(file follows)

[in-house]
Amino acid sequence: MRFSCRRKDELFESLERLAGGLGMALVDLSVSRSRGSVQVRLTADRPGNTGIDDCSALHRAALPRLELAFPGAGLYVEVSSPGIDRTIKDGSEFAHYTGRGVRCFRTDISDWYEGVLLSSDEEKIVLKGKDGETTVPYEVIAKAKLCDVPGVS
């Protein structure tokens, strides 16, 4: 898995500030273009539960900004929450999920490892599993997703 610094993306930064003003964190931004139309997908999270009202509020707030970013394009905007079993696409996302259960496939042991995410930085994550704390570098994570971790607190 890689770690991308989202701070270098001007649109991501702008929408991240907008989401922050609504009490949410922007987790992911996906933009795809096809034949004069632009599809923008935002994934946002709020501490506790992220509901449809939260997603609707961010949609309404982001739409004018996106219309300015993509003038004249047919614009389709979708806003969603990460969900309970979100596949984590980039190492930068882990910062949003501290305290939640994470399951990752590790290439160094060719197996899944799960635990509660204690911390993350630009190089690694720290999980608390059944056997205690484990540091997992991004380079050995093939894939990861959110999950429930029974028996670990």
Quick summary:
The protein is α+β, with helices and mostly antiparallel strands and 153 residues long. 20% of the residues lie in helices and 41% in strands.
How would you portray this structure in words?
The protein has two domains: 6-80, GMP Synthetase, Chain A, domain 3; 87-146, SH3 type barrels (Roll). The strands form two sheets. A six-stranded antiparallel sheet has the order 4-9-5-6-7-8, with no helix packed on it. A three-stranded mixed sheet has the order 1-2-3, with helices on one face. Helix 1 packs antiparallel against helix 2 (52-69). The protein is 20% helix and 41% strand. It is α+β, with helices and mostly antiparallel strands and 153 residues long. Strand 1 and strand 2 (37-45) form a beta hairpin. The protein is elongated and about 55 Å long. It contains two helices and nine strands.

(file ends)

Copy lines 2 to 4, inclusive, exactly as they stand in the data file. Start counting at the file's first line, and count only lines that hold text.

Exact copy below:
Amino acid sequence: MRFSCRRKDELFESLERLAGGLGMALVDLSVSRSRGSVQVRLTADRPGNTGIDDCSALHRAALPRLELAFPGAGLYVEVSSPGIDRTIKDGSEFAHYTGRGVRCFRTDISDWYEGVLLSSDEEKIVLKGKDGETTVPYEVIAKAKLCDVPGVS
């Protein structure tokens, strides 16, 4: 898995500030273009539960900004929450999920490892599993997703 610094993306930064003003964190931004139309997908999270009202509020707030970013394009905007079993696409996302259960496939042991995410930085994550704390570098994570971790607190 890689770690991308989202701070270098001007649109991501702008929408991240907008989401922050609504009490949410922007987790992911996906933009795809096809034949004069632009599809923008935002994934946002709020501490506790992220509901449809939260997603609707961010949609309404982001739409004018996106219309300015993509003038004249047919614009389709979708806003969603990460969900309970979100596949984590980039190492930068882990910062949003501290305290939640994470399951990752590790290439160094060719197996899944799960635990509660204690911390993350630009190089690694720290999980608390059944056997205690484990540091997992991004380079050995093939894939990861959110999950429930029974028996670990």
Quick summary: